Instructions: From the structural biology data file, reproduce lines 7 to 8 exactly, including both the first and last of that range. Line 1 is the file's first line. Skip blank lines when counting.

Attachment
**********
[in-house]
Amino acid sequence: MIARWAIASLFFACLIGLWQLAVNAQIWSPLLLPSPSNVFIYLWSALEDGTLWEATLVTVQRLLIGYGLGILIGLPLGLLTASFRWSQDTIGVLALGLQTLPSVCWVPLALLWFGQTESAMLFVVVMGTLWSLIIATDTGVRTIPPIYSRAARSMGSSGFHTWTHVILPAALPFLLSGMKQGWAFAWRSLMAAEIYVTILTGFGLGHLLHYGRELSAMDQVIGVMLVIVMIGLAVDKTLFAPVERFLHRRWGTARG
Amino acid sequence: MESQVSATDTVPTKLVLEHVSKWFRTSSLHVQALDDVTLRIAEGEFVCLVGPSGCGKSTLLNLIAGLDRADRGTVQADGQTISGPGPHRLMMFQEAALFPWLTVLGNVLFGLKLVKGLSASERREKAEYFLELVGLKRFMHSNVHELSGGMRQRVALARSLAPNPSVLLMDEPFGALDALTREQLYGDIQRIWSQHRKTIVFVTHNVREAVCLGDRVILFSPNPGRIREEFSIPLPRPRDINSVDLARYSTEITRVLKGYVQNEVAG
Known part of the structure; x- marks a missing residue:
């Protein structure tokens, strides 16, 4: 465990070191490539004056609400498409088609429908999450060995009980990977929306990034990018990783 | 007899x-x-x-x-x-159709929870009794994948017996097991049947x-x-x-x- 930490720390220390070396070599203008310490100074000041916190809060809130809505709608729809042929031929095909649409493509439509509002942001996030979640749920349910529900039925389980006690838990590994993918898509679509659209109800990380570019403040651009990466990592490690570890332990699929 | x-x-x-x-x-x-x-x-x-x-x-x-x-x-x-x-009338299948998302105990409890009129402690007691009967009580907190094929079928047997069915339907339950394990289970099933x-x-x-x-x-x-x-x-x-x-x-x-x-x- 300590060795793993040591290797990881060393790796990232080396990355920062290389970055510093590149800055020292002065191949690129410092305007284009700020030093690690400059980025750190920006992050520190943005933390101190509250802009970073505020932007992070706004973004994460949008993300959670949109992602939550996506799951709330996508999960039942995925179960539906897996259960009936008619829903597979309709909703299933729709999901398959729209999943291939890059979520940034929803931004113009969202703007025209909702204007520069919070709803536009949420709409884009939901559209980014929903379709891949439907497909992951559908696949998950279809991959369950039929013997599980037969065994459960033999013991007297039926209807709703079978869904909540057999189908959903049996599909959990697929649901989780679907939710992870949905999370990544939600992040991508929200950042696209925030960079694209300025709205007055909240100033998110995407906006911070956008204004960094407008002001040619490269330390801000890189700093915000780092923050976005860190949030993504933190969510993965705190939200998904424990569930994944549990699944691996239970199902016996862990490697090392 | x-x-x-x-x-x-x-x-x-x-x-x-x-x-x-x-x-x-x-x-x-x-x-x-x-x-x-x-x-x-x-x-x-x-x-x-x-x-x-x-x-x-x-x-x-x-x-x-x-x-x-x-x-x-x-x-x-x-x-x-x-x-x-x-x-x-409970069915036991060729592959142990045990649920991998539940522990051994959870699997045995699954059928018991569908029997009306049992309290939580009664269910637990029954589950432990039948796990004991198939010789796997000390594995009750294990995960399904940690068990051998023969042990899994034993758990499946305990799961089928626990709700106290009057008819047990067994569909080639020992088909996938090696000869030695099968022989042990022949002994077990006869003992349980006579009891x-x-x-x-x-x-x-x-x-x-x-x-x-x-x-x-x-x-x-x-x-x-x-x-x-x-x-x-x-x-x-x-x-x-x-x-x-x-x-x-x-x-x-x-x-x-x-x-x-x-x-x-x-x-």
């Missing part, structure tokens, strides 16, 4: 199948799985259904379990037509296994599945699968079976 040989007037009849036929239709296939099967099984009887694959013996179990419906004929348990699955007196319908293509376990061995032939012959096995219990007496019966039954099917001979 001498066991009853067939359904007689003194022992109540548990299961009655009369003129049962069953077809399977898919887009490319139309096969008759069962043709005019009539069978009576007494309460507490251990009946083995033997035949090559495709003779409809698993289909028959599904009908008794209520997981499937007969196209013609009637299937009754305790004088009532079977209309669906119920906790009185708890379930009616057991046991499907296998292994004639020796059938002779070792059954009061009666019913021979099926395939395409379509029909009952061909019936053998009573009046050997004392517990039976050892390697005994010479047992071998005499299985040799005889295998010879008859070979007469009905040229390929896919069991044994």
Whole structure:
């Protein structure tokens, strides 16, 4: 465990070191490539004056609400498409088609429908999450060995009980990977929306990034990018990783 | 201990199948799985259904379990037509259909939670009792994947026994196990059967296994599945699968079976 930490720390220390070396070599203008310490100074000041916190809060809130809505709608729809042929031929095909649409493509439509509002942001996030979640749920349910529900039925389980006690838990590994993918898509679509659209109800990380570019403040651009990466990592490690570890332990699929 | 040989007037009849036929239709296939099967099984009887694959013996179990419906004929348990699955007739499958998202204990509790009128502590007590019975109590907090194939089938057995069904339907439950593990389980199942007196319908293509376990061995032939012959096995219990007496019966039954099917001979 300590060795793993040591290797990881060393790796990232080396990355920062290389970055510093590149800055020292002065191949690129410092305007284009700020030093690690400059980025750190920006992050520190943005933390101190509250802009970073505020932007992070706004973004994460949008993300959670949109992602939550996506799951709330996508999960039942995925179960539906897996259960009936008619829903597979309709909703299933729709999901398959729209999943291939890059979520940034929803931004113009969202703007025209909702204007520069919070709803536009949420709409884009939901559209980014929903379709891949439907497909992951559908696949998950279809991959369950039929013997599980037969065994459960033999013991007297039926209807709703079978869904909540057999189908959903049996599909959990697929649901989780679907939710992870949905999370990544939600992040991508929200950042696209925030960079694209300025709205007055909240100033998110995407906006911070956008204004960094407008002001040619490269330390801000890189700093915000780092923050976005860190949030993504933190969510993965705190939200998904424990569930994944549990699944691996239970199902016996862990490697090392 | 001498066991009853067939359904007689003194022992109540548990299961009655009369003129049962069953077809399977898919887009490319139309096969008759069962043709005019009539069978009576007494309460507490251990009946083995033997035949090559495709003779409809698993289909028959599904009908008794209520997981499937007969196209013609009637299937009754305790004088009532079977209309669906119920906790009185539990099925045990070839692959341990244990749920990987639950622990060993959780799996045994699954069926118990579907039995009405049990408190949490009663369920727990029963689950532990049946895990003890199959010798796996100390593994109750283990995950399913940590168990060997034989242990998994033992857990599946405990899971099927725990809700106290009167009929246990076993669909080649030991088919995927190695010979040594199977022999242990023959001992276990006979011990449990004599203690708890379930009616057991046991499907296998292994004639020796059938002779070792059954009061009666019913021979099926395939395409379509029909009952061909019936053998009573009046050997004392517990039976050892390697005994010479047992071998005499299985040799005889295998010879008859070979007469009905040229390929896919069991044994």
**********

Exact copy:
Whole structure:
């Protein structure tokens, strides 16, 4: 465990070191490539004056609400498409088609429908999450060995009980990977929306990034990018990783 | 201990199948799985259904379990037509259909939670009792994947026994196990059967296994599945699968079976 930490720390220390070396070599203008310490100074000041916190809060809130809505709608729809042929031929095909649409493509439509509002942001996030979640749920349910529900039925389980006690838990590994993918898509679509659209109800990380570019403040651009990466990592490690570890332990699929 | 040989007037009849036929239709296939099967099984009887694959013996179990419906004929348990699955007739499958998202204990509790009128502590007590019975109590907090194939089938057995069904339907439950593990389980199942007196319908293509376990061995032939012959096995219990007496019966039954099917001979 300590060795793993040591290797990881060393790796990232080396990355920062290389970055510093590149800055020292002065191949690129410092305007284009700020030093690690400059980025750190920006992050520190943005933390101190509250802009970073505020932007992070706004973004994460949008993300959670949109992602939550996506799951709330996508999960039942995925179960539906897996259960009936008619829903597979309709909703299933729709999901398959729209999943291939890059979520940034929803931004113009969202703007025209909702204007520069919070709803536009949420709409884009939901559209980014929903379709891949439907497909992951559908696949998950279809991959369950039929013997599980037969065994459960033999013991007297039926209807709703079978869904909540057999189908959903049996599909959990697929649901989780679907939710992870949905999370990544939600992040991508929200950042696209925030960079694209300025709205007055909240100033998110995407906006911070956008204004960094407008002001040619490269330390801000890189700093915000780092923050976005860190949030993504933190969510993965705190939200998904424990569930994944549990699944691996239970199902016996862990490697090392 | 001498066991009853067939359904007689003194022992109540548990299961009655009369003129049962069953077809399977898919887009490319139309096969008759069962043709005019009539069978009576007494309460507490251990009946083995033997035949090559495709003779409809698993289909028959599904009908008794209520997981499937007969196209013609009637299937009754305790004088009532079977209309669906119920906790009185539990099925045990070839692959341990244990749920990987639950622990060993959780799996045994699954069926118990579907039995009405049990408190949490009663369920727990029963689950532990049946895990003890199959010798796996100390593994109750283990995950399913940590168990060997034989242990998994033992857990599946405990899971099927725990809700106290009167009929246990076993669909080649030991088919995927190695010979040594199977022999242990023959001992276990006979011990449990004599203690708890379930009616057991046991499907296998292994004639020796059938002779070792059954009061009666019913021979099926395939395409379509029909009952061909019936053998009573009046050997004392517990039976050892390697005994010479047992071998005499299985040799005889295998010879008859070979007469009905040229390929896919069991044994």